The leaders of America’s cities could take a major step toward equity and fairness for their residents by making relatively modest changes to long-accepted policies that often hurt ordinary people.
One obvious place to begin: local fines, fees, and penalties. A $150 traffic fine is an inconvenience to those with sufficient funds yet can be disastrous for those without. Tailoring penalties and fees to a person’s ability to pay would be more fair and benefit many lower-income residents. Such an approach would encourage voluntary payment compliance in the first place and decrease reliance on costly penalty-driven enforcement.
To the more than 100 million Americans who do not have $400 for emergencies, a $100 delinquent parking or speeding ticket — especially if it’s compounded by an increase in insurance premiums — presents a difficult choice. Will that money go toward the ticket or groceries? According to a 2017 report, more than 7 million people have lost their driver’s licenses because of traffic debt. Lower-income individuals who lose their licenses or have their cars impounded until expensive fees are paid disproportionately lose their jobs. And where does that cycle leave their families and communities? In what manner is this good governance?
Such fines are just one example of the everyday municipal actions that erode the concept of fairness for residents. Other policies make it harder and slower for people to apply for benefits or unfairly drain resources away from neglected communities.
Boston, like most other large cities, relies on fines and fees, utilizes collection agencies, and prevents people from using their vehicles by prohibiting registration as an enforcement tactic. A parking fine and late penalty of, say, $120, or a speeding ticket of $200 means much more to a low-income family juggling food, health care, transportation, and housing costs than a more affluent family.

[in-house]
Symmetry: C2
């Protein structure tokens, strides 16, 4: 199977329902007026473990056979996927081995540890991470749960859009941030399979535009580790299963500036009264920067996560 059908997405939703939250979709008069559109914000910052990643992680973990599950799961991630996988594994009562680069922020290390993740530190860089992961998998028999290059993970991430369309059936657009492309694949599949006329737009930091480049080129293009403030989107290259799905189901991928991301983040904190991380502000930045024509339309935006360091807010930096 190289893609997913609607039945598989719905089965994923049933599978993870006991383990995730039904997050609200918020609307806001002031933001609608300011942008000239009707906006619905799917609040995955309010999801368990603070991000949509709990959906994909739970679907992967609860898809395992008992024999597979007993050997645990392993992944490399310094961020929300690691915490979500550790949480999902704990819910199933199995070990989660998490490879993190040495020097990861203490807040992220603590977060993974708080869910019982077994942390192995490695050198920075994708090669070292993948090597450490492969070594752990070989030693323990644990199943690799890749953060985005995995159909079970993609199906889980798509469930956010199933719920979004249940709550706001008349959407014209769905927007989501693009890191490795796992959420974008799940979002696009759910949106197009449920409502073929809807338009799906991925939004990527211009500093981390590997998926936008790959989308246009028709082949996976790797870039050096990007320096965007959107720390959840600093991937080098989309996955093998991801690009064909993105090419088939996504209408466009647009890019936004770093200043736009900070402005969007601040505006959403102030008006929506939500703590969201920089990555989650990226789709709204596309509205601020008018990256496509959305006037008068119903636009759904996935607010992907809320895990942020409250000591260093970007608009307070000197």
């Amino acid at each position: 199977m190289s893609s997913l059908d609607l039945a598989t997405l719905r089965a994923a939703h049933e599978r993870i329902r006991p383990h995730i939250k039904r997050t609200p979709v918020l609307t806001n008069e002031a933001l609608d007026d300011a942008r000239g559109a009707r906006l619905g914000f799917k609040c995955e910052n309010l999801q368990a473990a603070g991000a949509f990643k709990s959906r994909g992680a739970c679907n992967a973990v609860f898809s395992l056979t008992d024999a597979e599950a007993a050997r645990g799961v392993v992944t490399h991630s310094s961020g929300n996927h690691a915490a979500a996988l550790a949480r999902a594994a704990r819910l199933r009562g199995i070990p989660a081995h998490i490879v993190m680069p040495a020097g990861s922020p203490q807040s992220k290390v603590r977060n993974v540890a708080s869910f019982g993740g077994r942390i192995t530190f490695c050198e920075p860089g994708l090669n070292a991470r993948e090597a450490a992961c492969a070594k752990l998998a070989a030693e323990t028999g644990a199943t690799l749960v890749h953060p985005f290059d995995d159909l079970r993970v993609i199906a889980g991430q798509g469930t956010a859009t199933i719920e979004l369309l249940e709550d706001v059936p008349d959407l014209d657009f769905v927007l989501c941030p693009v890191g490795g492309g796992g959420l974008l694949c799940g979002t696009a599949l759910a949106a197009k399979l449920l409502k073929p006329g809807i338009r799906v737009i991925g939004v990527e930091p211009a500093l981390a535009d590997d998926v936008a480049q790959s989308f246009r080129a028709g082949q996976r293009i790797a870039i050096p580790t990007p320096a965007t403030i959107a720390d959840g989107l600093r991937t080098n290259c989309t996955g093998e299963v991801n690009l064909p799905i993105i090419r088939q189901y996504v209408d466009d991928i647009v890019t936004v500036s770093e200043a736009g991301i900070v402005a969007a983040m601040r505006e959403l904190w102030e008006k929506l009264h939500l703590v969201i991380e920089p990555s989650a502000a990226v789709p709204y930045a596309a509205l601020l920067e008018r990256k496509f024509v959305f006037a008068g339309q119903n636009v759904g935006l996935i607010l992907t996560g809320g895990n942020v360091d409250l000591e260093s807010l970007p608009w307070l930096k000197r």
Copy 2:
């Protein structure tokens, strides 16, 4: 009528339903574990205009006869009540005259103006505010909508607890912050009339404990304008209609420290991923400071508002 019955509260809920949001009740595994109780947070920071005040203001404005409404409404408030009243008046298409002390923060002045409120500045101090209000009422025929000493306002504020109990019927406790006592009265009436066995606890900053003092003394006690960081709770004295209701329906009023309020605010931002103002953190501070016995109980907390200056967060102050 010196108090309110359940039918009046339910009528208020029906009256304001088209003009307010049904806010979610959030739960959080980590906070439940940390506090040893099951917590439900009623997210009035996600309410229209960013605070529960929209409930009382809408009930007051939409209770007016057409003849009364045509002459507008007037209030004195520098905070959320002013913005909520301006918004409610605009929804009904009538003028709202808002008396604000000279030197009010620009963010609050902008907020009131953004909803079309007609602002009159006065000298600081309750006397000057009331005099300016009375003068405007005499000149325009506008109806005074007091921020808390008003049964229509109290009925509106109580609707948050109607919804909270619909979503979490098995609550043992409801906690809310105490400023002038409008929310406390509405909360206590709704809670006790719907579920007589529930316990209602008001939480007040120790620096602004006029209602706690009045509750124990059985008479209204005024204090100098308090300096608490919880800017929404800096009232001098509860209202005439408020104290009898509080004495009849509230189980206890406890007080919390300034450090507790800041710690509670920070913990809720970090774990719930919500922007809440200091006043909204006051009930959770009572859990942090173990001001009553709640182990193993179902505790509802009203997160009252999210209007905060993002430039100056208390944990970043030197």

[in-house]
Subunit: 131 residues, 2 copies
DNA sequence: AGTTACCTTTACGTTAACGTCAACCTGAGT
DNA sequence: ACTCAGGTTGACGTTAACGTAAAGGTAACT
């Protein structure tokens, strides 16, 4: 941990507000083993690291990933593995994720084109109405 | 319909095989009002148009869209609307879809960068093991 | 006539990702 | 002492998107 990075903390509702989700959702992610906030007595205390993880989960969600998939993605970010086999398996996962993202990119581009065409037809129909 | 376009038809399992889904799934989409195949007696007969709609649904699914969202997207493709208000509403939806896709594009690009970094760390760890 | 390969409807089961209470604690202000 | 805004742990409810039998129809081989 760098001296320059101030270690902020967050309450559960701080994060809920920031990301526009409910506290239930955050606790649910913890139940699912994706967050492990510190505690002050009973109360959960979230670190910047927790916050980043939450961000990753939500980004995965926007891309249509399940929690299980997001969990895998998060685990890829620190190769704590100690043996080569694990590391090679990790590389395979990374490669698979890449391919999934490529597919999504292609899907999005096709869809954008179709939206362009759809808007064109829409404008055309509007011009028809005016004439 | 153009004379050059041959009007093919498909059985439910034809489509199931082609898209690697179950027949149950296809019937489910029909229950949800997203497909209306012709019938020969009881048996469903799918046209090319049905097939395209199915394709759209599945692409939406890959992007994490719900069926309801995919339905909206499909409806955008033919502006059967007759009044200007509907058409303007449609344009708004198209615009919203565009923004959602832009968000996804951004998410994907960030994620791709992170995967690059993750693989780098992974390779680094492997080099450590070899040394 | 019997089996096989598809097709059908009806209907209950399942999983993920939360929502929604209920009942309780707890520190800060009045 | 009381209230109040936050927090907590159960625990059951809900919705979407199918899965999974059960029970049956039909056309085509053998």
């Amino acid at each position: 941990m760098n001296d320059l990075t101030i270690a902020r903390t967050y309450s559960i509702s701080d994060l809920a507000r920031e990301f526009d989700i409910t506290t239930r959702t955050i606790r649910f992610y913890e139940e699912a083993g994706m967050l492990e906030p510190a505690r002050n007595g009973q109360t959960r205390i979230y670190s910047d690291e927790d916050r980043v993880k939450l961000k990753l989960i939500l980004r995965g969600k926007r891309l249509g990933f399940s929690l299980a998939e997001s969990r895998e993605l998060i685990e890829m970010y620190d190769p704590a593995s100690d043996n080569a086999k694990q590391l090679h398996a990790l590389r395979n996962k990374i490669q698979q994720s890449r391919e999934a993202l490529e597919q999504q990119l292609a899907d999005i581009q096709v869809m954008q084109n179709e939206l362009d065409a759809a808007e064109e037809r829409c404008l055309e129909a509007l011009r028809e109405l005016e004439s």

These issues cascade across categories. A Boston water and wastewater fee of $134 a month is more than 2 percent of the average city resident’s median household income, which makes water and wastewater services unaffordable for many in Boston, just as in other urban areas affected by EPA standards. The Massachusetts Advisory Committee to the US Commission on Civil Rights has recently flagged that, despite being a recognized human right, access to clean water and sanitation is becoming inaccessible for many residents. These are just some of the specific fines and fees that all large cities, including Boston, should consider adjusting based on residents’ income.
I’ve seen this work firsthand. When I began my career as a prosecutor in Indianapolis, my responsibilities included collecting child support for mothers on public assistance. We established national best practices that increased collections from $900,000 a year to $38 million. Eventually we became more aware of the societal and personal price of forcing too high of payments on fathers who, because of job loss or imprisonment, could not pay. Many of them often ended up in contempt of court and in turn suffering further job and economic losses.